There are more than a few miles between homelessness and homeownership. Some don't make it. Thanks to a little luck and a lot of hard work, some do.
Like Gloria Mason of Richmond, Virginia, a 60-year old grandmother who is guardian to four children. Back in 2001 she was in trouble. No savings account. $12,000 in outstanding debt. Eviction for non-payment of rent.
Her good fortune was signing on with Virginia Supportive Housing's HomeBuy5 program. And that's where all the hard work came in.
The Mason family in front of their new home.
HomeBuy5 is an anything but easy way to become a homeowner. To participate, families must be U.S. citizens or legal aliens who are or at risk of becoming homeless with legal custody of at least one child. They must earn at least $15,000 a year with outstanding debts below their gross yearly income.
That's when the hard work begins. HomeBuy5 families must complete Wachovia Bank's "Money Smart" financial literacy course. They also must take Core Belief training during which, over seven intense sessions, families are asked to speak frankly and fully about "negative thoughts and behavior that affect" their financial decision making.
And, of course, they must be ready to work and save. Work and save. And work and save some more. until they've cleared their debt and have started putting money aside to buy a home.
But they do get help. HomeBuy5 families participate in the Virginia Individual Development Account program which provides $2 in match for every $1 a family saves. It encourages holders of Housing Choice Vouchers to use them for homeownership. And it helps them put together a down payment using HOME and other resources.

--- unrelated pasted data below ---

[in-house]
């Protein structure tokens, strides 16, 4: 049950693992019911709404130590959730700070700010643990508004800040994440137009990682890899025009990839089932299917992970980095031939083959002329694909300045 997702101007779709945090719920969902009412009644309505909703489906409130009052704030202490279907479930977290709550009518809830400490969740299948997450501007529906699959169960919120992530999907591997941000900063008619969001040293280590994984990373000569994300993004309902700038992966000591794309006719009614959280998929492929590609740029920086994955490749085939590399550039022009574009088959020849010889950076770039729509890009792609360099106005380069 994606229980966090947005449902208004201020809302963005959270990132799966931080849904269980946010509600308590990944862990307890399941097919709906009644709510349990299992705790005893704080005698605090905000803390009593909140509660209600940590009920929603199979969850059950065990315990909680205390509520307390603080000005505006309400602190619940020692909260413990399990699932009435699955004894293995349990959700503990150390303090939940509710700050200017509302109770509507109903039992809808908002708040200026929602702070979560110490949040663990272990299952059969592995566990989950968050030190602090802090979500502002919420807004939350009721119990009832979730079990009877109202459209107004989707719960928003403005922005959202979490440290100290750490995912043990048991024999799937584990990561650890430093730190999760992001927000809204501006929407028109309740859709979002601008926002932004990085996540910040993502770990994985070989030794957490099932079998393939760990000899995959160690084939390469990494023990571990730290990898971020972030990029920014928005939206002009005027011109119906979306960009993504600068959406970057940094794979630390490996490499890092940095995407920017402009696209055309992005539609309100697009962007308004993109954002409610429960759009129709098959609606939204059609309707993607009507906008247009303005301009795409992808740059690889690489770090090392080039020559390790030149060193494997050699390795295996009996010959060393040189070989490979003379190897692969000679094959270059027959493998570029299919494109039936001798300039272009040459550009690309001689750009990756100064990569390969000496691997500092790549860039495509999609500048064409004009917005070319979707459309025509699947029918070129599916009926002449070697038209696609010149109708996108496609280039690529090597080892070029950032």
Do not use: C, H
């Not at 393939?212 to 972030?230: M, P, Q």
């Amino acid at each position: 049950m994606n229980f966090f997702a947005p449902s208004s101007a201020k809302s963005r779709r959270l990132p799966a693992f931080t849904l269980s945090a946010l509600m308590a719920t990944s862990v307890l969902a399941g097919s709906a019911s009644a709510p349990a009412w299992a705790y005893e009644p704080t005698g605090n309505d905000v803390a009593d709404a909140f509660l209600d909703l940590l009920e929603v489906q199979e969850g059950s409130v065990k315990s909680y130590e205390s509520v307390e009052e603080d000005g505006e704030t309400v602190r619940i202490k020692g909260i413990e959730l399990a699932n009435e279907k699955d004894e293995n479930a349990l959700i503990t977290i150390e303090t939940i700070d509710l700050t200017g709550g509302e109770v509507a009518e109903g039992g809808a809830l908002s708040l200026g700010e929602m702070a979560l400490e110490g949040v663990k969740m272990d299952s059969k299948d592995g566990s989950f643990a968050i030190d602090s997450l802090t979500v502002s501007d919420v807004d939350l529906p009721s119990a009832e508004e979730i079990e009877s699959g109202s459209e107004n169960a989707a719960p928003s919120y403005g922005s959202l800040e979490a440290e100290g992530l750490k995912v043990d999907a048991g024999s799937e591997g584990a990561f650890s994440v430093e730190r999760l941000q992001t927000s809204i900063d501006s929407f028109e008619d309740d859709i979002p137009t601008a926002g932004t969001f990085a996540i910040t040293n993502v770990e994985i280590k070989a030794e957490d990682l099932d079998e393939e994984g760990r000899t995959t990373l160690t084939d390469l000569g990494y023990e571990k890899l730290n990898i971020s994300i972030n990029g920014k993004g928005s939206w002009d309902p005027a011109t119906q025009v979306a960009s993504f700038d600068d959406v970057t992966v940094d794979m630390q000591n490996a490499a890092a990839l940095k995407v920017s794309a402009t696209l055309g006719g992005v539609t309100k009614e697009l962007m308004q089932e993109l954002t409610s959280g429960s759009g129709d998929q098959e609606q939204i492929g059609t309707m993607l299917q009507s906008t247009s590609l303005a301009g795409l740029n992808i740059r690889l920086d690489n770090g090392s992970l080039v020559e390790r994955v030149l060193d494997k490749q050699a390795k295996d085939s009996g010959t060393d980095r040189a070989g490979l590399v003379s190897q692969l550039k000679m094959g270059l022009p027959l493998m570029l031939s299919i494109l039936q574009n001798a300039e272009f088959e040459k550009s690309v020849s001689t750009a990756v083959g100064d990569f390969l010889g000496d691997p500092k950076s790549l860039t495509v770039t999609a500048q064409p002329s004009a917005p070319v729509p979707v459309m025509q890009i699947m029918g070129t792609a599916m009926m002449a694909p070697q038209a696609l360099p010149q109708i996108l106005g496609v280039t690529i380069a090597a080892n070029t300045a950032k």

After five years of hard work, in late 2006 Gloria Mason's dream came true, qualifying for a 30-year fixed mortgage to buy a 4-bedroom, tri-level home in Chesterfield County. Hers is one of 19 Richmond area families HomeBuy5 has helped to buy a piece of the American Dream.
More are on the way. HomeBuy5 has been so successful that Virginia Supportive Housing has announced it will launch a similar program in Petersburg, 30 miles south of Richmond. "There is a great need," Virginia Supportive Housing's Deborah Hanson told The Petersburg Progress-Index in August.
Even better, she said, "there are lots of opportunities for partnership" thanks, especially, to Virginia Local Initiatives Support Corporation's plan to create "urban villages" in four Petersburg neighborhoods over the next 10 years, including "at least 60 single family units."
Petersburg "is definitely a hidden gem," says LISC's Ford Weber. Thanks to LISC, Virginia Supportive Housing, partners like Petersburg Urban Ministries and the City of Petersburg and, most importantly, HomeBuy5 families ready, willing and eager to do the kind of hard work Gloria Mason did, that gem is sure to shine even brighter.
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